Photo Jon O’Gara
|Few players are as recognizable on tape as Adrian Belew. One of the most innovative players to pick up the instrument, Belew is a legend among musicians and music lovers for his impressive resume and unorthodox approach. His notoriety began as a guitarist for Frank Zappa on the acclaimed Sheik Yerbouti album in which he endured a rigorous regimen of musical training from the eccentric and
brilliant composer. The work paid off in spades, as it resulted in Belew’s talent being tapped by the prolific David Bowie, then collaborations with other greats,
such as Talking Heads and ultimately, joining King Crimson. Belew’s labors can
also be heard on records by Tori Amos, Cyndi Lauper, Paul Simon, Nine Inch
Nails, and on his own celebrated solo records, which he’s been producing since
1982 (Lone Rhino). We sat down with Belew recently and picked his brain about
his new signature Parker Fly, the future of King Crimson, and his excitement
about recording and touring with the Adrian Belew Power Trio.
What are your current plans for the Adrian Belew Power Trio? You seemed to be very excited about the group at NAMM this year. I’ll be recording a new record with Eric and Julie Slick.
It’ll be the first record of new material that we’ve done. We’ve only done project before; that was a live record. I’m so excited about it, I’ve been playing guitar every day, waiting for them to get here!
I’ve heard that the upcoming record will have five distinct sections, or movements that are unrelated.
Well, it’s a piece that I’ve written over the last two or three years. It’s called “e” and yes, it’s in five different sections. Each of them could stand alone as a piece of music, but they do interact in the sense that some thematic things weave through all five pieces and tie them together. I’ve not been able to put much of this down on tape correctly, so I really don’t know what I have on my hands, but in the end it’s probably going to be 40 or 50 minutes long—a power trio playing something almost symphonic. And there are many different sides to it, so if you don’t like one section, hopefully you’ll love the next! [laughs]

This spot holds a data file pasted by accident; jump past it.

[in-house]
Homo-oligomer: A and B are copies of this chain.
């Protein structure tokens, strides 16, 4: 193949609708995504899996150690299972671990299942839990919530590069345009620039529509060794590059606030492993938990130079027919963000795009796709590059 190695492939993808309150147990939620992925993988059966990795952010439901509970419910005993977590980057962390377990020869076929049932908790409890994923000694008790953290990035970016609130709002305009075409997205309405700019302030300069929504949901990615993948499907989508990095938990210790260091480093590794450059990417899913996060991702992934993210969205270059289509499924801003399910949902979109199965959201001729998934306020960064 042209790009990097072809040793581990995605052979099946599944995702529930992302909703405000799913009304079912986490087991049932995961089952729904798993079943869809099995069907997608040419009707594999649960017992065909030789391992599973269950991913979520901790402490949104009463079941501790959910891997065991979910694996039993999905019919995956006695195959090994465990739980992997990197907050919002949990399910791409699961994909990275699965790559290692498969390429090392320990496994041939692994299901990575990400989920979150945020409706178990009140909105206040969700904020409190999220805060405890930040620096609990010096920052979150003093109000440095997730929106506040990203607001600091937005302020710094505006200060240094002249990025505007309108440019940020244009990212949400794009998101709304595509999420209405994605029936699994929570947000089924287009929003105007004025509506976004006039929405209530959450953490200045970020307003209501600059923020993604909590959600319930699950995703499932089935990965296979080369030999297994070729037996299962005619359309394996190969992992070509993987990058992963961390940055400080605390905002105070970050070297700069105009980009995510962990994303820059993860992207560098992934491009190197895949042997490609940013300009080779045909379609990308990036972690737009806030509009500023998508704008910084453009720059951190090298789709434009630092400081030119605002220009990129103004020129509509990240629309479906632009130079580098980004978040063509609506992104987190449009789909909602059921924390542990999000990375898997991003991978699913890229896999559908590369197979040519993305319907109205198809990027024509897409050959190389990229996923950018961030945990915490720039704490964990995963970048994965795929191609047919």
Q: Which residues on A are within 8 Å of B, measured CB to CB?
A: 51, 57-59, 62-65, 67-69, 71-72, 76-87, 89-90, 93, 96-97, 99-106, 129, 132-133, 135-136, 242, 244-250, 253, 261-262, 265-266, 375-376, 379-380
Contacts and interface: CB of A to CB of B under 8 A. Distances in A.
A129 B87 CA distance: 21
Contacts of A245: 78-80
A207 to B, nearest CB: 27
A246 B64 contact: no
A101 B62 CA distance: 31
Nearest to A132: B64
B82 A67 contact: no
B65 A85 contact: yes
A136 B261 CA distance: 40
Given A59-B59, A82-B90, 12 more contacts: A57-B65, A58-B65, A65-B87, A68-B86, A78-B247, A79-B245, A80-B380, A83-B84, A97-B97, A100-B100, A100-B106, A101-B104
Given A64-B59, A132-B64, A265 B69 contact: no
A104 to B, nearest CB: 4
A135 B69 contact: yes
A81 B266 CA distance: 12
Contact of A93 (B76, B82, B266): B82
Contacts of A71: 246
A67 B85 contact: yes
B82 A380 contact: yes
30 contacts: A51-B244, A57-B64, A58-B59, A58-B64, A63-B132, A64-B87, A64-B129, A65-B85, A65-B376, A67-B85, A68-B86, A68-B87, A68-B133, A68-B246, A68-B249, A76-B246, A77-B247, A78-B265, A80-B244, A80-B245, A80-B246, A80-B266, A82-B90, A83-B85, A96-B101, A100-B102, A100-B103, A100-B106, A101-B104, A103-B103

How would you compare this to the Side series you released, in terms of its sound? How musically different is it?
It’s different in the sense that it’s more symphonically based, and it’s all instrumental. In terms of the Side records, it cuts out a lot that was great for the orchestration, you know, like the electronica sounds and things like that. Of course, there are no words or voices in there to humanize it. I think it’s radically different really, from what I’ve put on a record before—except that in one sense it has the sound, overall, of something that King Crimson would do.
The beautiful thing about the Power Trio is that we’ve gone everywhere, all over the world, and we’ve had so many experiences. We’ve played every type of venue, every type of event, and we’ve grown so much musically because of that. It’s perfect timing to finally do something brand new and original with this lineup.
Both Julie and Eric Slick—the other members of the Power Trio—have pretty impressive backgrounds and experience. What is it like creating music with their combined talents, as opposed to other acts you’ve worked with in the past?
I’m bringing material to them and expressing the different ways I’d like to see them approach it. What’s nice about it is that they naturally play their instruments the way that I wish I could play those instruments. [laughs] I mean, the kind of approach or orchestration that Eric might do for drumming in a section is quite often exactly what I would have tried to do, and the same goes for Julie’s bass playing. I think it’s because their growing up and studying music involved a lot of things that I was involved in. They learned a lot of the Frank Zappa and King Crimson catalogs, David Bowie’s stuff, Talking Heads… so it turns out that they are really familiar with a lot of things that I do. That’s what will make this record different from most of my solo records. On those records I played all the instruments; this time around I’m going to have a better bass player and drummer than me.
You recently continued work with Trent Reznor of Nine Inch Nails, notably on the Ghost I-IV record. That was a massive instrumental record, and your playing is very expressive. What was your mindset during those recording sessions? What were those sessions like in terms of your artistic freedom?
Well, I’ve done three records with Trent now, and all three have been alike: I walk in the door, get my equipment working properly, and he starts playing me pieces of music. He’ll say, “If you find something you want to play, stop us and we’ll record you.” [laughs] It’s usually easy for me to find something to play in his material. It really fits my styles—my sounds and the things I like to do—very well. When you play with Trent Reznor, you don’t want to pull out your normal things; you go do the most extreme things that you can. It’s a lot of fun, because it puts me on the spot to do what I really love to do, which is be creative with the guitar. The sky’s the limit. Nobody is saying “No! No! No!” Everyone is saying, “Yes!”
I really enjoy working with Trent, because it gives me that type of freedom. In a way, it’s the same kind of freedom that I had working with David Bowie. He was also very encouraging, asking me to do more wild things. The same was true with the Talking Heads. Trent Reznor is, to me, a major inspiration in the world of production. I really like the way that his records sound. I’m always keeping my eyes open on the process, so I can maybe learn something.